- 02/01/2012, 11:18AM ET
J-Business said 02/01, 11:18 AM
I drive a car, as do most adults
But can a race car driver be considered an athlete?
From a layman's point of view, driving a car is a fairly basic routine
You can send text messages while you drive
You can eat a meal while you drive
I've seen woman doing their nails while they drive
However, can you drive a car 300 miles per hour while doing those activities, without killing yourself?
Personally, I think you have to be in at least decent shape to handle a car at those speeds and turns
You don't have to be in Olympic shape but I think it'd be quite difficult to handle the car and it's functions if you were overweight and in poor health
I'm sure race car drivers exercise regularly and make sure their arms and wrists are strong to handle the wheel
I would also imagine that they regularly jog and work out their legs so that they don't cramp
Also, if a normal person has to drive for a long distance, they normally pull over and take a breather
Race car drivers suck it up and keep going
There's also the heat and fumes in the car which make it difficult
So while they may not be typical athletes, I'd say they are professional athletes
BM. said 02/01, 11:39 AM
I'm not a NASCAR hater, for the record. I enjoy NASCAR.
Being "in decent shape" and being "an athlete" are two entirely different things.
I will simply compare NASCAR drivers to athletes of the other big 4 sports in order to prove my point.
Baseball - Speed, agility, quickness, extremely good hand-eye-coordination, etc...
Football - Speed, agility, quickness, POWER, toughness, jumping ability, fast feet, etc...
Hockey - Speed, agility, quickness, hitting power, toughness, fast feet, excellent endurance, great vision, etc...
Basketball - Jumping ability, fast feet, quickness, speed, agility, evasive ability, great vision, great hand-eye-coordination, etc...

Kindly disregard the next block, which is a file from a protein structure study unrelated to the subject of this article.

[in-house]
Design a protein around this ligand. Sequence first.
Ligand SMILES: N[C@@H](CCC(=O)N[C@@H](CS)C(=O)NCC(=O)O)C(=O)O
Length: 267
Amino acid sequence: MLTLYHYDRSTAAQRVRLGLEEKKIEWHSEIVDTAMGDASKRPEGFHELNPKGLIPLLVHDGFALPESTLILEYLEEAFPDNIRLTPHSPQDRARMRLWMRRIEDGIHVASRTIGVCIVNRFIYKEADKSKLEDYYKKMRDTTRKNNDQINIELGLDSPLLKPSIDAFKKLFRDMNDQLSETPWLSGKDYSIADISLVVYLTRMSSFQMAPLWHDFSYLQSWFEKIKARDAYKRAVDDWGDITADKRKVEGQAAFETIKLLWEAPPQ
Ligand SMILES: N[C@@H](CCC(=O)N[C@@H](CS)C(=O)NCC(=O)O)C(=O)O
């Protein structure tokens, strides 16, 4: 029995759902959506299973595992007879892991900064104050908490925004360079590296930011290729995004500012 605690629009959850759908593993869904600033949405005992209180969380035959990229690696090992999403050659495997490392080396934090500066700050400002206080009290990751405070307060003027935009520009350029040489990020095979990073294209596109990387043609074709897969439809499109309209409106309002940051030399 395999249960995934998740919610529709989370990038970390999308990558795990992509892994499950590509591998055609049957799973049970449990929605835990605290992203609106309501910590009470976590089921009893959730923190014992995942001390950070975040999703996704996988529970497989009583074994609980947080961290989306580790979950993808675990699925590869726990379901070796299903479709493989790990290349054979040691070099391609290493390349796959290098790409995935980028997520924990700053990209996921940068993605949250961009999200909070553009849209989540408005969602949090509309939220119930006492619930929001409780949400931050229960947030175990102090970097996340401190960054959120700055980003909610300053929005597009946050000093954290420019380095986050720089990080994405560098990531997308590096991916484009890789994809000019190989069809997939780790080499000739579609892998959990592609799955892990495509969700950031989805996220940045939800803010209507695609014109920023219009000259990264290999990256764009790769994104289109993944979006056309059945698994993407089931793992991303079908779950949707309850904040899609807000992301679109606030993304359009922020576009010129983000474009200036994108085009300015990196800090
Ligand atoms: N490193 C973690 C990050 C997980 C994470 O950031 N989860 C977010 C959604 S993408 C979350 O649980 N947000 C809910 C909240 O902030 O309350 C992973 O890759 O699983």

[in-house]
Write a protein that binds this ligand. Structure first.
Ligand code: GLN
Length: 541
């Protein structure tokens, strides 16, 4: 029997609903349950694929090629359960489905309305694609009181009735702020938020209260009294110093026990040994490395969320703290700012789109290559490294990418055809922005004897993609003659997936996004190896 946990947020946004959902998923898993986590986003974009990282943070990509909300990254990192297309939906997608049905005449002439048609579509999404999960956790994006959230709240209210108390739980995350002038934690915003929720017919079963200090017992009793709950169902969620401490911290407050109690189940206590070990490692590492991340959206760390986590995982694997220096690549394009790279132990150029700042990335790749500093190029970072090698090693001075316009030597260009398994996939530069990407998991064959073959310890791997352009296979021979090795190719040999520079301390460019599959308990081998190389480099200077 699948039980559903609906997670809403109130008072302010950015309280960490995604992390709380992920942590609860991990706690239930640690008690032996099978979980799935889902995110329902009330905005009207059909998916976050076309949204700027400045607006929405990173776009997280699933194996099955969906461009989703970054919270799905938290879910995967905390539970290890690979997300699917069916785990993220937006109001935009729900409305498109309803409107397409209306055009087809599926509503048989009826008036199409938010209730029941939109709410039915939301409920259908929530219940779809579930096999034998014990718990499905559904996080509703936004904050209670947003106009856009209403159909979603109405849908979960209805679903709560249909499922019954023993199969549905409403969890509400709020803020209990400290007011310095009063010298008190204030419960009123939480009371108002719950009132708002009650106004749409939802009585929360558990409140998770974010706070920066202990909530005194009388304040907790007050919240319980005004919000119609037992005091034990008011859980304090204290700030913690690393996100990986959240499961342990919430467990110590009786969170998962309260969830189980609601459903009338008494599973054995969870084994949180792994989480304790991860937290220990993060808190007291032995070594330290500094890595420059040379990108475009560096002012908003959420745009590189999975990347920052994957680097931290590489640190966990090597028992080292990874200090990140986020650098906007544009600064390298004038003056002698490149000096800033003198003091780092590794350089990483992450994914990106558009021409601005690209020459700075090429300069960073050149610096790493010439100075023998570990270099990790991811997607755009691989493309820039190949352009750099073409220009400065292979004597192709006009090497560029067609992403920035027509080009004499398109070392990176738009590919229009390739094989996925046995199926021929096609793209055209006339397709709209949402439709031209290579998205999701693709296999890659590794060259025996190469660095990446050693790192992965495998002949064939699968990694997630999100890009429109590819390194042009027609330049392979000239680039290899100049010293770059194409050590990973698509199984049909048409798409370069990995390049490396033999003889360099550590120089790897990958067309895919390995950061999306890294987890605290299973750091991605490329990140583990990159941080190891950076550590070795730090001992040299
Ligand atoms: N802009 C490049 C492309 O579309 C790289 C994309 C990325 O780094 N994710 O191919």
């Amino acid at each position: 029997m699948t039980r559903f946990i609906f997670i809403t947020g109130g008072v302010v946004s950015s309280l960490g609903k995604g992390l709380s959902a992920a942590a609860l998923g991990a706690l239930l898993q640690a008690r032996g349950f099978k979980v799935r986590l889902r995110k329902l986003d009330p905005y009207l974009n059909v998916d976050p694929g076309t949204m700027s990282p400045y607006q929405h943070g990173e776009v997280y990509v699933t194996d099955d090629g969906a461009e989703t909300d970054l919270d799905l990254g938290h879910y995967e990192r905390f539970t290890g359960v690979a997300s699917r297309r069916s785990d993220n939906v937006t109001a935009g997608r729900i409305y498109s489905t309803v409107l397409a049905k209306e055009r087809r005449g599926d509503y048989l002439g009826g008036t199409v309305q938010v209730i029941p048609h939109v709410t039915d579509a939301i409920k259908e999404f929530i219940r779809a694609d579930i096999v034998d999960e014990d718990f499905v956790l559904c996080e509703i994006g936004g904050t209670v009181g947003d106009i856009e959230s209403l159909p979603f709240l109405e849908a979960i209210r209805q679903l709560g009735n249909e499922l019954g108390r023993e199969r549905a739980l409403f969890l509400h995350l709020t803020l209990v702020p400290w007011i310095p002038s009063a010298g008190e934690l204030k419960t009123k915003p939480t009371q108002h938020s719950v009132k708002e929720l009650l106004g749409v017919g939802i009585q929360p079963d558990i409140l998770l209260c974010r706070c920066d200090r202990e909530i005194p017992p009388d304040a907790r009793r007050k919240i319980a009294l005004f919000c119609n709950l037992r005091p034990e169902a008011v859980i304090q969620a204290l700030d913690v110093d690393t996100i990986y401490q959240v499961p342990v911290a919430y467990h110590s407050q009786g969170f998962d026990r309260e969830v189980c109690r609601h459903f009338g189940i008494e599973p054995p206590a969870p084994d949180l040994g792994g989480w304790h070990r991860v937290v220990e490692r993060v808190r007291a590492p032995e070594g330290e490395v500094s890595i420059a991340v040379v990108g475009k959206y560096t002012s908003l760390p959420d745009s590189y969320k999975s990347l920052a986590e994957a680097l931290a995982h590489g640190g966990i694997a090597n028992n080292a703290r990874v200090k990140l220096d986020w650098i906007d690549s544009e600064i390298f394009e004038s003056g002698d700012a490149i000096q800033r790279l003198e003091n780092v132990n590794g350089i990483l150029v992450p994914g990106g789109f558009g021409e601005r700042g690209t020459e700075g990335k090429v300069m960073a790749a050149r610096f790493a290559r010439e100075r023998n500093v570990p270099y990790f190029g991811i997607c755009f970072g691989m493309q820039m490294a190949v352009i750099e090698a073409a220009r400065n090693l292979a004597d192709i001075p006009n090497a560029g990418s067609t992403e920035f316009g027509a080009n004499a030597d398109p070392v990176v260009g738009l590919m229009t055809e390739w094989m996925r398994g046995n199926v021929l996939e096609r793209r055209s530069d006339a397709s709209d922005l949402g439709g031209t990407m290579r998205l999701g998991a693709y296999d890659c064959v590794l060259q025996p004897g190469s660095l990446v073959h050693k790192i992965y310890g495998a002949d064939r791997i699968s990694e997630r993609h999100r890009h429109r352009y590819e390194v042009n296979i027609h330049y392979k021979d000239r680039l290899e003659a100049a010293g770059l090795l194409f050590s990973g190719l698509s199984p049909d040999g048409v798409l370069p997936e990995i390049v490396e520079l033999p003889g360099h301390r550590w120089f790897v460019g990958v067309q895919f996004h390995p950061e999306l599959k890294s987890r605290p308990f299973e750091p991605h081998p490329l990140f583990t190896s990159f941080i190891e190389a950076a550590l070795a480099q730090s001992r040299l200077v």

Now on to NASCAR. They need endurance for sure. But really, what else is there? They don't need to be fast on their feet, they don't need to be agile or tough. They don't have to jump, get hit, or have good hand-eye coordination. They just need to be able to drive a car effectively for 2+ hours.
A pro athlete, to me, is someone who can use their skills to play just about sport with a bit of effectiveness. Athletes play sports that require those physical attributes.
J-Business said 02/01, 01:34 PM
A regular person can:
Throw a ball
Kick a ball
Get on ice and hit a puck
Throw a ball to the hoop
But it takes someone in good physical shape and also one who has been practicing it for years, to do this skill and get paid for it
The same thing exists for car racing
It's not just 2+ hours
It's more like 4+ hours
The 500 in the Daytona 500 stands for 500 miles
How many normal everyday people can drive a car at 300 miles an hour for those distances and do it competitively?
Not many and if they did, they'd be professionals
You said "they don't have to...get hit, or have good hand-eye coordination"
So you're saying that they don't have to avoid other cars, pass other cars and keep focused for 4 straight hours?
A pro athlete is someone who can perform a physical skill at a high level and get paid for it. This is what race car drivers do
The car is only part of the function. Having the ability to control the vehicle takes a lot of skill and part of it involves their physical strength
Professional race car drivers are paid good money
If it was so easy, everybody would do it
You have to respect their skill
BM. said 02/01, 02:26 PM